Racial difference in effect of physical activity on obesity

June 6, 2012
Racial difference in effect of physical activity on obesity

(HealthDay) -- Black adolescent girls are less sensitive to the effects of physical activity in preventing obesity than are white girls, according to a study published in the June issue of the Archives of Pediatrics & Adolescent Medicine.

James White, Ph.D., from Cardiff University, and Russell Jago, Ph.D., from the University of Bristol -- both in the United Kingdom, analyzed data from 1,148 who participated in the National Heart, Lung, and Blood Institute Growth and Health Study at ages 12 and 14 years. Accelerometer counts per day were used to assess . was defined according to three measures: ≥95th percentile of body mass index; using the International Obesity Task Force reference body mass index cut points; and the sums of skinfold thickness method (with obesity ≥90th percentile in the cohort).

The researchers found that, in white girls, but not black girls, there was a strong negative dose-response association between quartiles of accelerometer counts per day at age 12 years and obesity at age 14 years (using all three measurements of obesity). There was a significant increased likelihood of obesity (based on skinfold thickness) between the highest and the lowest quartiles of accelerometer counts per day in white girls (odds ratio, 0.15; P = 0.03 for trend) but not in black girls (odds ratio, 0.85; 95 percent confidence interval, 0.32 to 2.26; P = 0.93 for trend).

"Higher levels of physical activity are prospectively associated with lower levels of obesity in white adolescent girls but not in black adolescent girls," the authors write.

Explore further: Obesity prevention program for girls not associated with significant difference in body mass index

More information: Abstract
Full Text (subscription or payment may be required)

Related Stories

Obesity prevention program for girls not associated with significant difference in body mass index

May 7, 2012
An Australian school-based obesity prevention program for adolescent girls was not associated with statistically significant differences in body mass index (BMI) and other body composition measures, however the small changes ...

Improving body satisfaction can help prevent eating disorders and obesity

May 11, 2012
(Medical Xpress) -- In a study that examined the relationship between body dissatisfaction, body mass index (BMI) and binge eating in overweight and obese adolescent girls, Kendrin R. Sonneville, ScD, RD, researcher ...

Study finds higher adherence to dash-style diet reduces excess weight gain in adolescent girls

June 6, 2011
Boston University School of Medicine (BUSM) researchers found that girls who followed the Dietary Approach to Stop Hypertension (DASH) diet pattern had a lower incidence of excess weight gain as measured by body mass index ...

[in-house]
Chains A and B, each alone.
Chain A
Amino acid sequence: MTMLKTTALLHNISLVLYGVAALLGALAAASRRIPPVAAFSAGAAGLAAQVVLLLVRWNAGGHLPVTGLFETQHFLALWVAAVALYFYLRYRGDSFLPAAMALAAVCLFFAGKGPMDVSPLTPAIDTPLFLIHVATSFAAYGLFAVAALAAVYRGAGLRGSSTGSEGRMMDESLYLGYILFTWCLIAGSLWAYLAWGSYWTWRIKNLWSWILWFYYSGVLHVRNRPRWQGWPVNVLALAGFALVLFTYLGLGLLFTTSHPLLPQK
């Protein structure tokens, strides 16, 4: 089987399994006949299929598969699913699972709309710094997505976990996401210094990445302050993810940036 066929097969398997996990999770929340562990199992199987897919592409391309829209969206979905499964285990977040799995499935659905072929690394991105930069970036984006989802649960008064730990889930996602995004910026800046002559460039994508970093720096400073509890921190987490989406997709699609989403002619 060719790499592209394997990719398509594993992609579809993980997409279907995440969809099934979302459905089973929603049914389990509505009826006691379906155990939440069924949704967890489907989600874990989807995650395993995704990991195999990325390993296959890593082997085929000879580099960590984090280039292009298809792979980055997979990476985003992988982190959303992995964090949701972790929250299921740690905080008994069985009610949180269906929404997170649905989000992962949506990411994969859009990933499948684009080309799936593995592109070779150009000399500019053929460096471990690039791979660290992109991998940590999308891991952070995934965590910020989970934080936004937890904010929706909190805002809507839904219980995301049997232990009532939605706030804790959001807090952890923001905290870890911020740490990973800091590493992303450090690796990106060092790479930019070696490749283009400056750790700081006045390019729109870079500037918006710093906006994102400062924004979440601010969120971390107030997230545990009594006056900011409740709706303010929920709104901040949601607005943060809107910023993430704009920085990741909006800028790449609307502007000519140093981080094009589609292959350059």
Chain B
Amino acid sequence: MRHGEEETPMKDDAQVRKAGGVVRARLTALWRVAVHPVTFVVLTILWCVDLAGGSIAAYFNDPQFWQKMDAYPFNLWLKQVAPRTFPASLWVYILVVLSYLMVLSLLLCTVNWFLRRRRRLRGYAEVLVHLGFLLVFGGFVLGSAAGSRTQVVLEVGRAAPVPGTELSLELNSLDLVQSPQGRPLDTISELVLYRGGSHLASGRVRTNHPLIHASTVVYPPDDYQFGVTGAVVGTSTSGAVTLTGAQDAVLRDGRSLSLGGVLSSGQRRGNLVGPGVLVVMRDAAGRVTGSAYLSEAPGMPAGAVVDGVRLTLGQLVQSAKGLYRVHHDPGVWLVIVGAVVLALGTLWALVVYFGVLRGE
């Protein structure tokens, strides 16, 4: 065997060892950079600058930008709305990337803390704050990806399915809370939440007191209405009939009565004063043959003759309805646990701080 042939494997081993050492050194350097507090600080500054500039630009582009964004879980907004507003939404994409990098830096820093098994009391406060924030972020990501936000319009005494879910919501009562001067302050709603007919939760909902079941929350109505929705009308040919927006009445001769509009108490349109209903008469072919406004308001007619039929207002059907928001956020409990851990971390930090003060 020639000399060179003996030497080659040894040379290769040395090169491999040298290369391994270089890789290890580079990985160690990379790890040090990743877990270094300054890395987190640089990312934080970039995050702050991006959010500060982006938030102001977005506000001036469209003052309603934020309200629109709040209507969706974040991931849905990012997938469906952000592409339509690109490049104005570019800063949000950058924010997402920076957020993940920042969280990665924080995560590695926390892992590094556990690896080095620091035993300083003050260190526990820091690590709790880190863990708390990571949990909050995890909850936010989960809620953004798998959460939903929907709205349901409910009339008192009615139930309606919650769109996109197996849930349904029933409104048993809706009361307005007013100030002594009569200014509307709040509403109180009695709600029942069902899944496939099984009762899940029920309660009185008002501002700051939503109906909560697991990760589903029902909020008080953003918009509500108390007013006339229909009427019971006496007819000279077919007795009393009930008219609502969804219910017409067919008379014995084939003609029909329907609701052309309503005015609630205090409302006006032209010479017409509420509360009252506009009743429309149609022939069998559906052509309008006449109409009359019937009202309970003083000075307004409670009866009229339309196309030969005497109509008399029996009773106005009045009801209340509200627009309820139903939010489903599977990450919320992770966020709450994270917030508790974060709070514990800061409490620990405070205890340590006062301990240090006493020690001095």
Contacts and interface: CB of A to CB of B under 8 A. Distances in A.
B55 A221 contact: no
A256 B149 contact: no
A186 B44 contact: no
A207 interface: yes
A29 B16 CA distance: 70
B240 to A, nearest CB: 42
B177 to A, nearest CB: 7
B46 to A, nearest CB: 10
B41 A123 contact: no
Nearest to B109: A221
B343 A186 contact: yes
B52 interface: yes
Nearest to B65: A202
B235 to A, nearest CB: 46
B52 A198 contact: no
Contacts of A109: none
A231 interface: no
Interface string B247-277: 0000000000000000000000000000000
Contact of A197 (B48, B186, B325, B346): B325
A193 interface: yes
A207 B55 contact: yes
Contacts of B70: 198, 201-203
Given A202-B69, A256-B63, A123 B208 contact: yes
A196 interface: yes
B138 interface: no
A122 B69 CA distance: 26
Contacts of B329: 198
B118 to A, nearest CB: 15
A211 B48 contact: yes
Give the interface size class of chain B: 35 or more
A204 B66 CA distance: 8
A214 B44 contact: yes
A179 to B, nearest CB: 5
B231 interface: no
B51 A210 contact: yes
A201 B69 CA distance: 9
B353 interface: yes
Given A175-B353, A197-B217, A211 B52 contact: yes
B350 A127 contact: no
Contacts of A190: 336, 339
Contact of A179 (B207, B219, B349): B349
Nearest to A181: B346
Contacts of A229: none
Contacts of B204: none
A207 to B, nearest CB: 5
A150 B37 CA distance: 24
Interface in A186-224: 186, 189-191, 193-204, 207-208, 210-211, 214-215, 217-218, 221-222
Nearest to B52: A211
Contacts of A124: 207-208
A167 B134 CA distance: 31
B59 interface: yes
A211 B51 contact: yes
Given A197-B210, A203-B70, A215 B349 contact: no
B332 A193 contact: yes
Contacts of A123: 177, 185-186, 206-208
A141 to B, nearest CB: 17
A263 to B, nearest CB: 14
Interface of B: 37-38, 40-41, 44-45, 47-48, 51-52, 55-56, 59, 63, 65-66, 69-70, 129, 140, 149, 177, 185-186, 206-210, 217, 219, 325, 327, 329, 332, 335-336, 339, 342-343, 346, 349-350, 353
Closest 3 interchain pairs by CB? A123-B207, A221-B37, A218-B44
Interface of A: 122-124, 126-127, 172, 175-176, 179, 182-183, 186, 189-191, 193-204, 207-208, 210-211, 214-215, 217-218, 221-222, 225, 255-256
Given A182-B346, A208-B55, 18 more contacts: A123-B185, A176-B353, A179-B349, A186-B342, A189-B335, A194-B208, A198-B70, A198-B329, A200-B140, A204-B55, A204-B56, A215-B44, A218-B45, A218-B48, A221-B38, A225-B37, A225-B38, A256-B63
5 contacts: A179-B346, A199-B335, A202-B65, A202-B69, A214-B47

Recommended for you

Link between obesity and cancer is not widely recognized

November 17, 2017
A new study published in the Journal of Public Health has shown that the majority of people in the United Kingdom do not understand the connection between weight issues and cancer. Obesity is associated with thirteen types ...

Reversing negative effects of maternal obesity

November 8, 2017
A drug that increases energy metabolism may lead to a new approach to prevent obesity in children born to overweight mothers, UNSW Sydney researchers have found.

Serving water with school lunches could prevent child, adult obesity: study

November 7, 2017
Encouraging children to drink plain water with their school lunches could prevent more than half a million youths in the U.S. from becoming overweight or obese, and trim the medical costs and indirect societal costs associated ...

Why do some obese people have 'healthier' fat tissue than others?

November 1, 2017
One little understood paradox in the study of obesity is that overweight people who break down fat at a high rate are less healthy than peers who store their fat more effectively.

Engineered protein treatment found to reduce obesity in mice, rats and primates

October 19, 2017
(Medical Xpress)—A team of researchers with pharmaceutical company Amgen Inc. report that an engineered version of a protein naturally found in the body caused test mice, rats and cynomolgus monkeys to lose weight. In their ...

Nearly 4 in 10 U.S. adults now obese (Update)

October 13, 2017
(HealthDay)—Almost forty percent adults in the United States are now obese, continuing an ever-expanding epidemic of obesity that's expected to lead to sicker Americans and higher health care costs.

0 comments

Please sign in to add a comment. Registration is free, and takes less than a minute. Read more

Click here to reset your password.
Sign in to get notified via email when new comments are made.